Mass spectrometers are valuable tools for the in situ characterization of gaseous exo- and atmospheres and have been operated at various bodies in space. Typical measurements derive the elemental composition, relative abundances, and isotopic ratios of the examined environment. To sample tenuous gas environments around comets, icy moons, and the exosphere of Mercury, efficient instrument designs with high sensitivity are mandatory while the contamination by the spacecraft and the sensor itself should be kept as low as possible. With the Rosetta Orbiter Spectrometer for Ion and Neutral Analysis (ROSINA), designed to characterize the coma of comet 67P/Churyumov-Gerasimenko, we were able to quantify the effects of spacecraft contamination on such measurements. By means of 3D computational modeling of a helium leak in the thruster pressurization tubing that was detected during the cruise phase we examine the physics involved leading to the measurements of contamination. 3 types of contamination can be distinguished: i) Compounds from the decomposition of the spacecraft material. ii) Contamination from thruster firing during maneuvers. iii) Adsorption and desorption of the sampled environment on and from the spacecraft. We show that even after more than ten years in space the effects of i) are still detectable by ROSINA and impose an important constraint on the lower limit of gas number densities one can examine by means of mass spectrometry. Effects from ii) act on much shorter time scales and can be avoided or minimized by proper mission planning and data analysis afterwards. iii) is the most difficult effect to quantify as it changes over time and finally carries the fingerprint of the sampled environment which makes prior calibration not possible.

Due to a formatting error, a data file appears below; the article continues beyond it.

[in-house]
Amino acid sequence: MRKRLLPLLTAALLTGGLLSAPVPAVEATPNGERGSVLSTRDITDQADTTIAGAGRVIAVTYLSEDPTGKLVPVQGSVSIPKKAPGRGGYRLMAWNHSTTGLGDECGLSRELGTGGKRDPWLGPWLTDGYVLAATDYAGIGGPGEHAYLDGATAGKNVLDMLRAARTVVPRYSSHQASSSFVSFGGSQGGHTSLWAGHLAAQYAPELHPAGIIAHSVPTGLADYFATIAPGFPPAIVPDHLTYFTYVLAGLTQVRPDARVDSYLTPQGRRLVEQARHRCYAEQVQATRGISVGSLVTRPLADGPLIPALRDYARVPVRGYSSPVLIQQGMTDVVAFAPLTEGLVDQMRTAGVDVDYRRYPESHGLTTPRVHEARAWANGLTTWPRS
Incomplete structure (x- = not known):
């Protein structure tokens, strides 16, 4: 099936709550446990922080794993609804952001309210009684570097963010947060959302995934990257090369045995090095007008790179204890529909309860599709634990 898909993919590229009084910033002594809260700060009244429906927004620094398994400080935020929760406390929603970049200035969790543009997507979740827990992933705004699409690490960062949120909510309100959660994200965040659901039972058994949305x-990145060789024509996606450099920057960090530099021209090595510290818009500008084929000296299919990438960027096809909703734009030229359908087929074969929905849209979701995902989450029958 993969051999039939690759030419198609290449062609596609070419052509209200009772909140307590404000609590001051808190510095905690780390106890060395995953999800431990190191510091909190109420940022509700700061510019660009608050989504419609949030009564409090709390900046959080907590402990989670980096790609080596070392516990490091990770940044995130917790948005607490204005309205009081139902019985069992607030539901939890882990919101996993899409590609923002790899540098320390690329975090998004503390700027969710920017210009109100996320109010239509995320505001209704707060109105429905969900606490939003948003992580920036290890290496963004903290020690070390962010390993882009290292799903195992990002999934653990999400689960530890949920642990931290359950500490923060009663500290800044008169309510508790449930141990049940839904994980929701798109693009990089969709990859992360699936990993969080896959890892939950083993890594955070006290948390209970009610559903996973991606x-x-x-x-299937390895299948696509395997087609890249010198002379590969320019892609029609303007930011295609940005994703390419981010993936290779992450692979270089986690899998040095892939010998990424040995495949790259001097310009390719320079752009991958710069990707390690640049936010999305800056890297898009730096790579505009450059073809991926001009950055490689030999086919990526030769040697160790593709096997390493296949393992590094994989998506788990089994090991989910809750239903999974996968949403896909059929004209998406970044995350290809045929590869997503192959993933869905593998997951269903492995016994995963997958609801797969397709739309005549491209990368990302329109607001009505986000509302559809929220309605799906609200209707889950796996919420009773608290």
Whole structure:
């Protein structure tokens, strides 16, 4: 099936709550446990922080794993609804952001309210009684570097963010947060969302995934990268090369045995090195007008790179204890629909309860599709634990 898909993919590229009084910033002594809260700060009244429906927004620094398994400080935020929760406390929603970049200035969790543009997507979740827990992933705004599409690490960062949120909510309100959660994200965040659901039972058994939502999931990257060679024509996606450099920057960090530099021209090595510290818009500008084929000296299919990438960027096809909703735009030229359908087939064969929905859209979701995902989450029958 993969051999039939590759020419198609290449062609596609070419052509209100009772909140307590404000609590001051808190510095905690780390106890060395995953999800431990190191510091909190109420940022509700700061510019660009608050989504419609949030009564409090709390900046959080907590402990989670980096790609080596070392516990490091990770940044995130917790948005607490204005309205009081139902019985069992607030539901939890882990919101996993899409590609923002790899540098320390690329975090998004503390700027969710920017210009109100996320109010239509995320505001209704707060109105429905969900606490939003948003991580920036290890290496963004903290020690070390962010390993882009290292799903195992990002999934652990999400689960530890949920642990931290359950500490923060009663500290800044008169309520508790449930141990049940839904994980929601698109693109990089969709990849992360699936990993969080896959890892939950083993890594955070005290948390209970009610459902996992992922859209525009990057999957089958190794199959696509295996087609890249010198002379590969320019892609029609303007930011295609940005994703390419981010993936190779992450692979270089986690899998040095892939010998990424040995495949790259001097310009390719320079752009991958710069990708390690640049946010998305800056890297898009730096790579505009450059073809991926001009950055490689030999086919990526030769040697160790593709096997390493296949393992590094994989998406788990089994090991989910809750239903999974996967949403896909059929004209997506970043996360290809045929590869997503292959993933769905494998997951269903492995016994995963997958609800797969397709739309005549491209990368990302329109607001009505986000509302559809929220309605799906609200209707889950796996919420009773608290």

We describe the performance evaluation of a sample of InGaAs detectors from which the best unit had to be selected for the
flight model of the SIR-2 NIR-spectrometer to be flown on the Chandrayaan-1 mission in 2008.
The near-infrared spectrometer, SIR, is a flexible, compact and low mass (2 kg) instrument designed to measure reflectance spectra in the wavelength range between 935 and 2390 nm with a resolution of 6 nm per pixel. In its current implementation it is part of ESA’s technology mission SMART-1, which will be launched in 2003 and tested in an orbit around the Moon. The SIR spectrometer uses a reflection grating and an InGaAs detector. Its design is optimized to operate under extreme temperature and to withstand extreme vibrational conditions. For the SMART-1 mission its capabilities are of particular importance for the study of features like maria, craters, and fracture ridges that will provide deeper insights into crust and mantel material and therefore, into the development of the Moon and the Earth-Moon system.